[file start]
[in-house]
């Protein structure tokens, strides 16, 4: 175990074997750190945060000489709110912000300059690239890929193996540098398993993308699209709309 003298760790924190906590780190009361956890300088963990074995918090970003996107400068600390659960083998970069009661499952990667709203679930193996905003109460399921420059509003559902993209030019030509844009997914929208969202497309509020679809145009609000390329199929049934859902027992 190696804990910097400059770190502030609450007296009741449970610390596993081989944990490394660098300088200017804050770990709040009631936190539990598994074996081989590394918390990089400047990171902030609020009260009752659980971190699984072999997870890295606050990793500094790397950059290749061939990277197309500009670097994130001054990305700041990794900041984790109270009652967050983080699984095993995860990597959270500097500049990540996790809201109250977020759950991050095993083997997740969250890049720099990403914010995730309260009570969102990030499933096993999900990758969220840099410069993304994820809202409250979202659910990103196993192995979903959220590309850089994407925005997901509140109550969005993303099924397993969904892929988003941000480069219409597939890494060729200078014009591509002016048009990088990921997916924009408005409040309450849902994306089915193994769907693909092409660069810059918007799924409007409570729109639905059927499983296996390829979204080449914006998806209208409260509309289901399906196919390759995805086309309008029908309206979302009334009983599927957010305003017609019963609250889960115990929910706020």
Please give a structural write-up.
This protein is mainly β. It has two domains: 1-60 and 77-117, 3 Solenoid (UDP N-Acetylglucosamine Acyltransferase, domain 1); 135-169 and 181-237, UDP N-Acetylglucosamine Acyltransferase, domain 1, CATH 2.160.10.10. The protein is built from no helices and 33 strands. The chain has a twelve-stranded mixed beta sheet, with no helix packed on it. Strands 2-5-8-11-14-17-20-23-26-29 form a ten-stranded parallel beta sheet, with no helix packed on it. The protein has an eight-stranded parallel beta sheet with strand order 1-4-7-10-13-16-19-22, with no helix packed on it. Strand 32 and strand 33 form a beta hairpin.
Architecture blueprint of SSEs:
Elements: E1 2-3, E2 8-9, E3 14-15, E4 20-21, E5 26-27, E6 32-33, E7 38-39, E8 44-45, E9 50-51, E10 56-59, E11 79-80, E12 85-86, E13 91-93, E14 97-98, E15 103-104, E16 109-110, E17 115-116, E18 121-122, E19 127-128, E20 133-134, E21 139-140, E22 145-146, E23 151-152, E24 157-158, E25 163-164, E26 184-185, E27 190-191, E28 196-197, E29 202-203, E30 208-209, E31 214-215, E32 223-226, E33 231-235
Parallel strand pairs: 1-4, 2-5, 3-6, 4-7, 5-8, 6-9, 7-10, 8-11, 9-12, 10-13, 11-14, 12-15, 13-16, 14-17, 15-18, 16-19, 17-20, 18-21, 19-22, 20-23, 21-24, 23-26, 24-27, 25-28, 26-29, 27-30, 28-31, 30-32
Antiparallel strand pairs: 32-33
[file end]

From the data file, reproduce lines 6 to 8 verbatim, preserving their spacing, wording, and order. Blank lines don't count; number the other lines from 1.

Elements: E1 2-3, E2 8-9, E3 14-15, E4 20-21, E5 26-27, E6 32-33, E7 38-39, E8 44-45, E9 50-51, E10 56-59, E11 79-80, E12 85-86, E13 91-93, E14 97-98, E15 103-104, E16 109-110, E17 115-116, E18 121-122, E19 127-128, E20 133-134, E21 139-140, E22 145-146, E23 151-152, E24 157-158, E25 163-164, E26 184-185, E27 190-191, E28 196-197, E29 202-203, E30 208-209, E31 214-215, E32 223-226, E33 231-235
Parallel strand pairs: 1-4, 2-5, 3-6, 4-7, 5-8, 6-9, 7-10, 8-11, 9-12, 10-13, 11-14, 12-15, 13-16, 14-17, 15-18, 16-19, 17-20, 18-21, 19-22, 20-23, 21-24, 23-26, 24-27, 25-28, 26-29, 27-30, 28-31, 30-32
Antiparallel strand pairs: 32-33